Audi 200 Delivers Terrifying Ride to the Streets of Fremont

1991 Audi 200

Unassuming 1991 Audi 200 features four tune maps, third of which sends the sedan flying with 640 ponies through stock transmission.

The third-gen Audi 100/200/5000 arrived with smoother, more aerodynamic styling to the three-box design, accented by pin-mounted windows. The result? A drag co-efficient of 0.30 on the base model alone. Thus, the Audi could slip past the gas stations for a while longer. And, once the 2.2-liter, 20-valve turbo-five arrived at the end of the Eighties, it could also slip by the competition.

This Audi 200 in Fremont, California, though, doesn’t just slip by. It straight-up kills them with four tune maps, the third of which is more than enough for the occupants, including Adam Swords of Adam Swords Rough Cuts.

1991 Audi 200

“We’re just about go dyno my Mk 7 Golf,” said Swords, “which is going to Stage 2. And while we’re waiting, [Nick Mercadante is] like, ‘Let me see if I can find something for us to play with. So, he pulls out this.”

As 034Motorsport’s marketing director says, the Audi 200 features a 2.2-liter turbo-five which the owner may have bored out to an unknown displacement. Mercandante says it also sends at least under 640 wheel horsepower on “the higher file maps” to (thankfully) all four corners. But that’s not even its final form.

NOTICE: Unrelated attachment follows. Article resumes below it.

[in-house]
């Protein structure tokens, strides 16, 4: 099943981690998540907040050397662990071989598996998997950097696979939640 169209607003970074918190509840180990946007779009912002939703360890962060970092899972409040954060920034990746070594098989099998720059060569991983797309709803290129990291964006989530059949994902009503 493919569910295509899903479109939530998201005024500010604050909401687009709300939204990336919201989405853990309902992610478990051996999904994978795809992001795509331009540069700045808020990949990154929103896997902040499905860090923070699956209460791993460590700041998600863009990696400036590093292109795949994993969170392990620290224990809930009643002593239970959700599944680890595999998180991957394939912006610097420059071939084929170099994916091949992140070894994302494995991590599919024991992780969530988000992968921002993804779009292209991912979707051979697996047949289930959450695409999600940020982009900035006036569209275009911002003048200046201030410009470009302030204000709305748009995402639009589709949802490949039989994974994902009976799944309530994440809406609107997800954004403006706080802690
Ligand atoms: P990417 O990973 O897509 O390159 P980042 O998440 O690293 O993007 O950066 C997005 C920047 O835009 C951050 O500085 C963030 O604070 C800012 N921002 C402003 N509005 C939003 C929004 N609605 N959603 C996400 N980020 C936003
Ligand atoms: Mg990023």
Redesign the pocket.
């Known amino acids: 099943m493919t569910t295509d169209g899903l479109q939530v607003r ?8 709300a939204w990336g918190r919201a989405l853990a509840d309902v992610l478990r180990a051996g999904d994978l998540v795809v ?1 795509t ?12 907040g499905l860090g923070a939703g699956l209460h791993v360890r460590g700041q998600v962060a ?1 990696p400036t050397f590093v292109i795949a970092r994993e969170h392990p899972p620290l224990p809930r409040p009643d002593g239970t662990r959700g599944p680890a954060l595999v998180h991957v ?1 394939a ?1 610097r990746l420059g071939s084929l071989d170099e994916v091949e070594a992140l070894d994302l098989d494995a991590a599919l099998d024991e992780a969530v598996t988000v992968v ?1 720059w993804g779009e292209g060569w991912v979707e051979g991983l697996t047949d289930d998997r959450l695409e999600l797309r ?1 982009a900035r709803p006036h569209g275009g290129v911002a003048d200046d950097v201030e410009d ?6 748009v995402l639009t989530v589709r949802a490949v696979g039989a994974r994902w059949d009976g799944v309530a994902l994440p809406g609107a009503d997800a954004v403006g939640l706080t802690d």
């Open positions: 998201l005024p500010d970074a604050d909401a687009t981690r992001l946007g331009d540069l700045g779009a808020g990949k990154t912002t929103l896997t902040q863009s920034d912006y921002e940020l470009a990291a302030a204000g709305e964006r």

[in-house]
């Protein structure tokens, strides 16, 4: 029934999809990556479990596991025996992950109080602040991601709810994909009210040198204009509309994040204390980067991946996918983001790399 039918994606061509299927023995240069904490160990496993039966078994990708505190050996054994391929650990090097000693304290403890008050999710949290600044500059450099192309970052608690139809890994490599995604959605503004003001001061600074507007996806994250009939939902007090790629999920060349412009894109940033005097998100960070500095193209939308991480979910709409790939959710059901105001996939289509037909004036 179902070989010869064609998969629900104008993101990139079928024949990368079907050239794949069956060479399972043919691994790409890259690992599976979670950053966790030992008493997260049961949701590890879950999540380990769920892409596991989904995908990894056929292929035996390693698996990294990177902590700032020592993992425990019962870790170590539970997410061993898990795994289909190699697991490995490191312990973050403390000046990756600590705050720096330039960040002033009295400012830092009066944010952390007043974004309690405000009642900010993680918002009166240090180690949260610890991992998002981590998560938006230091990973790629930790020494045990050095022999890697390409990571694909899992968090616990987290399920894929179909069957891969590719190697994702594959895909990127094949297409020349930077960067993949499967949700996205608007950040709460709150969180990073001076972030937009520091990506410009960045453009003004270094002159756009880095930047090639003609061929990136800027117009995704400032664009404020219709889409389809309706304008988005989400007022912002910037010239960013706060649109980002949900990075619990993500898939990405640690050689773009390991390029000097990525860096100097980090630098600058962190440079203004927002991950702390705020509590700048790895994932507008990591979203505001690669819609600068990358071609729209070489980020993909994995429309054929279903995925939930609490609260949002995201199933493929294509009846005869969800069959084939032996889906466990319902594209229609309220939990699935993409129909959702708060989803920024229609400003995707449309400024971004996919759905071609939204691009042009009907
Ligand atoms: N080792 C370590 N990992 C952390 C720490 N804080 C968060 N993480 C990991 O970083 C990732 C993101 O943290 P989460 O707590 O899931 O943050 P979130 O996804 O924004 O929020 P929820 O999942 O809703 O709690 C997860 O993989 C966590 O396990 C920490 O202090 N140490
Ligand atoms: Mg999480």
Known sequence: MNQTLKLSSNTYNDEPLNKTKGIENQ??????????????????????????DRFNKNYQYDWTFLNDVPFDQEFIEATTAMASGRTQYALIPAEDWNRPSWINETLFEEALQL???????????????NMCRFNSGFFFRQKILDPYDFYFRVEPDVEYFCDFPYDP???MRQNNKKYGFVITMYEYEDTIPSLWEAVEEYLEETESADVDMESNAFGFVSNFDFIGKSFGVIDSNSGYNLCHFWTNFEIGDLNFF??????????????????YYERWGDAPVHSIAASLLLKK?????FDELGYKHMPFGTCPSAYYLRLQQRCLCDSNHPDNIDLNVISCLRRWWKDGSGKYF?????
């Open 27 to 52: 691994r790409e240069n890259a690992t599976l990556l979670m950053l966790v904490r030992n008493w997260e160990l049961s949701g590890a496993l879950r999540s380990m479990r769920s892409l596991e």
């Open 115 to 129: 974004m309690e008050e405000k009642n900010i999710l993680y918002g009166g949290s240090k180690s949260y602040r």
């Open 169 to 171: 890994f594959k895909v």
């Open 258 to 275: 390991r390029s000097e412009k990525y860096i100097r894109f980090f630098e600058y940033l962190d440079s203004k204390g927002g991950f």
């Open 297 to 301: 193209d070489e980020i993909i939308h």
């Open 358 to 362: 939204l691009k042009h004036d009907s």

1991 Audi 200

“So, that’s Map 1,” said Mercandante. “That’s lowest of boost, right around 28 pounds, I think. [The owner] has it wired through this switch right here. When I turn around, I’ll flip her up two maps above to Map 3.”

He says the Audi has four total maps, the third of which contains the aforementioned 640 ponies in the corral. However, the fourth map is where every bit of sanity is decimated in a blaze of turbocharged glory. Though un-dyno’d at the moment, he believes the 35 pounds of boost can take the sedan into the 700-horsepower range. And all on the stock manual transmission and shifter, too. As Swords says, the whole affair “was terrifying.”